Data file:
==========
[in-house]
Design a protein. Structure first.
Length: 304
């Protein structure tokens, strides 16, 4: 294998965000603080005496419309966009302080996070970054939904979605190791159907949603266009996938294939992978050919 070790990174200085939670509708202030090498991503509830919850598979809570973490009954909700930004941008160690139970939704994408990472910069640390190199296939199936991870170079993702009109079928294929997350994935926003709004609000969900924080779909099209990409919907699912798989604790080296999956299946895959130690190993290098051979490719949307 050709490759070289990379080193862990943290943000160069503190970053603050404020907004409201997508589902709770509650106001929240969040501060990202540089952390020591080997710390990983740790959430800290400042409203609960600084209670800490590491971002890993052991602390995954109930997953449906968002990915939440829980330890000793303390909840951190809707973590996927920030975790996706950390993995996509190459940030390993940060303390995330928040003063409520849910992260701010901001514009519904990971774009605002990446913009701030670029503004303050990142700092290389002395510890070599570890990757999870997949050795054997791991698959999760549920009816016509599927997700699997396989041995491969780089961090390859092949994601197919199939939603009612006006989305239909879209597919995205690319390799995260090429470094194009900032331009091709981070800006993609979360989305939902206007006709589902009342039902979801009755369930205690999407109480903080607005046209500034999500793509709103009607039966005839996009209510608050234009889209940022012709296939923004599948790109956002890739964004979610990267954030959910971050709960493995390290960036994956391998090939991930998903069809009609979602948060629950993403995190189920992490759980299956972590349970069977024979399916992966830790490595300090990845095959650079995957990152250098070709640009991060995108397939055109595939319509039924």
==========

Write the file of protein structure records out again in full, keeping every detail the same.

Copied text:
[in-house]
Design a protein. Structure first.
Length: 304
């Protein structure tokens, strides 16, 4: 294998965000603080005496419309966009302080996070970054939904979605190791159907949603266009996938294939992978050919 070790990174200085939670509708202030090498991503509830919850598979809570973490009954909700930004941008160690139970939704994408990472910069640390190199296939199936991870170079993702009109079928294929997350994935926003709004609000969900924080779909099209990409919907699912798989604790080296999956299946895959130690190993290098051979490719949307 050709490759070289990379080193862990943290943000160069503190970053603050404020907004409201997508589902709770509650106001929240969040501060990202540089952390020591080997710390990983740790959430800290400042409203609960600084209670800490590491971002890993052991602390995954109930997953449906968002990915939440829980330890000793303390909840951190809707973590996927920030975790996706950390993995996509190459940030390993940060303390995330928040003063409520849910992260701010901001514009519904990971774009605002990446913009701030670029503004303050990142700092290389002395510890070599570890990757999870997949050795054997791991698959999760549920009816016509599927997700699997396989041995491969780089961090390859092949994601197919199939939603009612006006989305239909879209597919995205690319390799995260090429470094194009900032331009091709981070800006993609979360989305939902206007006709589902009342039902979801009755369930205690999407109480903080607005046209500034999500793509709103009607039966005839996009209510608050234009889209940022012709296939923004599948790109956002890739964004979610990267954030959910971050709960493995390290960036994956391998090939991930998903069809009609979602948060629950993403995190189920992490759980299956972590349970069977024979399916992966830790490595300090990845095959650079995957990152250098070709640009991060995108397939055109595939319509039924």